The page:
This is essentially CGI's grandchild. You have an application that needs to be started up by any number of machines in response to demand. A CGI app in Mosso will probably need very few (if any) adjustments required in order to run "in the cloud." Google is a special case, since developers are using custom, black-box infrastructure built by Google (for insights into this, check out these papers), but I'd be willing to bet someone lunch that there is room for a CGI analogy at some level of Google App Engine.I guess with Google, we kind of have both application and systems engineering in a box, in so far as the systems support your application.

At any rate, it's CGI better than it was before. Better, stronger, faster.

The Rub

However fascinating these cloud offerings may be, I find myself not getting what I need. As a developer of Twisted applications, I'm interested in small apps. Hell, I don't even like running databases and full-blown web servers. A while ago, I spent a couple years working on some Twisted-based application components that could be run as independent services (thus load-balanceable) and completely replace the standard web server + database + lots of code routine for application development.

So what about developers out there like me, who want to run tiny apps? We don't need "classic" web hosting, nor CGI in the cloud, nor cloud-virutualized versions of large machines.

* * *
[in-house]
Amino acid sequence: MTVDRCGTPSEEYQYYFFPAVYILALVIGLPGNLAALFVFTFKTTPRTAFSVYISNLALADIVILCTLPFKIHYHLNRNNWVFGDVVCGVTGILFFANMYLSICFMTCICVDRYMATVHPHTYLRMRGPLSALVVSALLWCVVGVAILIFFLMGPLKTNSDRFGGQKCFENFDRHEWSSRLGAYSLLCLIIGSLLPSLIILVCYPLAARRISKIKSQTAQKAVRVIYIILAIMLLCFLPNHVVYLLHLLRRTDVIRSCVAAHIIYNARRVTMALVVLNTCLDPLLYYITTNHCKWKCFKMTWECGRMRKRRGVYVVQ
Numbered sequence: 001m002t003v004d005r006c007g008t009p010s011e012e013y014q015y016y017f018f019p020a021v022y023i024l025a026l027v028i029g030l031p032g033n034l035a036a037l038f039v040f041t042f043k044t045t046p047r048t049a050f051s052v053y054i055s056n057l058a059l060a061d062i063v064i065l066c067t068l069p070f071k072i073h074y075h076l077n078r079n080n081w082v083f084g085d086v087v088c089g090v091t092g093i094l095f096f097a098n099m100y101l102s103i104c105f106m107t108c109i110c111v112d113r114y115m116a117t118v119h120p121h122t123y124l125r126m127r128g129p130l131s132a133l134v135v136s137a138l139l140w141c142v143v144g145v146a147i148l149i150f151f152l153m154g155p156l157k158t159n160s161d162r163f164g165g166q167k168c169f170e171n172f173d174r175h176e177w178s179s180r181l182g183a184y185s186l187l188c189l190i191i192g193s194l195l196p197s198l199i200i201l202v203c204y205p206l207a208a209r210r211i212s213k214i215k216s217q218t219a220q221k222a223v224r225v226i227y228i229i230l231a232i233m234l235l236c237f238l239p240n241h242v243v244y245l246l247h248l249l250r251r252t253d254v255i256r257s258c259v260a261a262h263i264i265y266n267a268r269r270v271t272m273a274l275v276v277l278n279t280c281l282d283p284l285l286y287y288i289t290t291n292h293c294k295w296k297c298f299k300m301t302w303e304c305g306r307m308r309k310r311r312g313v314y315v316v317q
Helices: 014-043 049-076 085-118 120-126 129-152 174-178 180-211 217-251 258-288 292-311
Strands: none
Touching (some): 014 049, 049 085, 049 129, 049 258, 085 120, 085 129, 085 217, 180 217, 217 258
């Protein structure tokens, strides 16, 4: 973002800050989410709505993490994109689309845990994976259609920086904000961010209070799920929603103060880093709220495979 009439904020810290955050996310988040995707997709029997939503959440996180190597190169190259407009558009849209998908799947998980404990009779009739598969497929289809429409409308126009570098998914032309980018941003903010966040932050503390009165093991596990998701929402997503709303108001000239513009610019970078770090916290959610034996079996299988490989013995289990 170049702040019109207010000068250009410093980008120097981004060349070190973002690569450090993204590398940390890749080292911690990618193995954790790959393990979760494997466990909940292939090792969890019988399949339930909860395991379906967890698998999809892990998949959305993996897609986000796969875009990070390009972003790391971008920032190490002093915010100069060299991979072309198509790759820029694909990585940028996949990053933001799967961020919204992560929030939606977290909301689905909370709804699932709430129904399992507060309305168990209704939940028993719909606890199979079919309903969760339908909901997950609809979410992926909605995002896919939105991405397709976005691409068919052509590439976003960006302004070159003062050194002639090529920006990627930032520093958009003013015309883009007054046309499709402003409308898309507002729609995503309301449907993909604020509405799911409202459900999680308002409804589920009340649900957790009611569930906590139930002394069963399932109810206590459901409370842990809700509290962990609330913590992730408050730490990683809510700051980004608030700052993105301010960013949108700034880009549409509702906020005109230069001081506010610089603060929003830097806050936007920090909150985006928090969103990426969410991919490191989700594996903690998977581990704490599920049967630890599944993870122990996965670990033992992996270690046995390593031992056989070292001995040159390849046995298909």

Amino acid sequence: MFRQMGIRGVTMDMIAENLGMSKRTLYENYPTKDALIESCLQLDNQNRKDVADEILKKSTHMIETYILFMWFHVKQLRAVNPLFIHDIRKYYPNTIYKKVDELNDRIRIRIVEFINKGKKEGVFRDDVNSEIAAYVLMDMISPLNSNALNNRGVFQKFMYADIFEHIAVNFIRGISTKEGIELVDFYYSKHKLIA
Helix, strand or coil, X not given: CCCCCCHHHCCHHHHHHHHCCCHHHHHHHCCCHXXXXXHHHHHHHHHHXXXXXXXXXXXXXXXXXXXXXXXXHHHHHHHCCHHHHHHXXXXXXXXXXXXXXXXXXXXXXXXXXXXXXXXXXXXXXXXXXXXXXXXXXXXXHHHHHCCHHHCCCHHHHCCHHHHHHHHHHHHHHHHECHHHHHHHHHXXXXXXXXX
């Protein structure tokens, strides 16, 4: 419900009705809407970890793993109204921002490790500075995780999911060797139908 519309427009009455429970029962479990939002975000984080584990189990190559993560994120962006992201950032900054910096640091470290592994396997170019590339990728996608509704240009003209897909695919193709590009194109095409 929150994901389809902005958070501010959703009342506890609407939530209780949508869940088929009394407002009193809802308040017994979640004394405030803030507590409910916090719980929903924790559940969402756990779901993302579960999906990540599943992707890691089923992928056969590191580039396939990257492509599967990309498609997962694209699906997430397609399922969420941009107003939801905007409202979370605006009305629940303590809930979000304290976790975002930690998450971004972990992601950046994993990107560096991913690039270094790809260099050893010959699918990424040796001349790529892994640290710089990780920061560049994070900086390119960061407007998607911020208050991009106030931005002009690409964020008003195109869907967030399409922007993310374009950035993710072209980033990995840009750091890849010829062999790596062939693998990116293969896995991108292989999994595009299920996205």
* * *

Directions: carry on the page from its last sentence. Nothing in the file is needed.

As a segment of the population, business consideration for developers such as myself might seem like a waste of time. But before dismissing us, consider this:
  1. Exploring small niche's like this one often lead to interesting revelations.
  2. Market segments that have proven quite vibrant may be able to expand into even greater territories (e.g., the iPhone apps phenomena).
Next up: Tiny > *

Saturday, April 18, 2009

After the Cloud: Prelude

After the Cloud:
  1. Prelude
  2. So Far
  3. The New Big
  4. To Atomic Computation and Beyond
  5. Open Heaps
  6. Heaps of Cash
  7. Epilogue

These days, it seems that no matter where we go, we hear something about "the cloud." It's not really buzz anymore... it has become far more accepted and widely discussed to be that. For some organizations it's actually part of their current, every-day infrastructure. For others, it soon will be. As far as I'm concerned, now's the perfect time to start discussing what's next :-)

If you've spent any time reading some of the blog content I've managed to post over the past several years, you've probably noted that I like to explore the long view (if rather informally). Well, that's what I've got in store for you now: a series of blog posts that explore the long view of a post-cloud industry. Hopefully, with some new twists and turns along the way.

First off, I want to cover some basic ground, so the first couple posts might be a little less interesting that those that follow. Fortunately, I've been pondering these particular ideas since my month sabbatical last August -- this means I've already got most of the material written and ready to go!

These posts are going to take a peek at practical, hands-on ideas regarding the ways in which one might make use of current nascent tech to build prototypes for tomorrow's infrastructure, what that infrastructure might be, business ideas about what do do with that tech, and even future possibilities for information-based markets.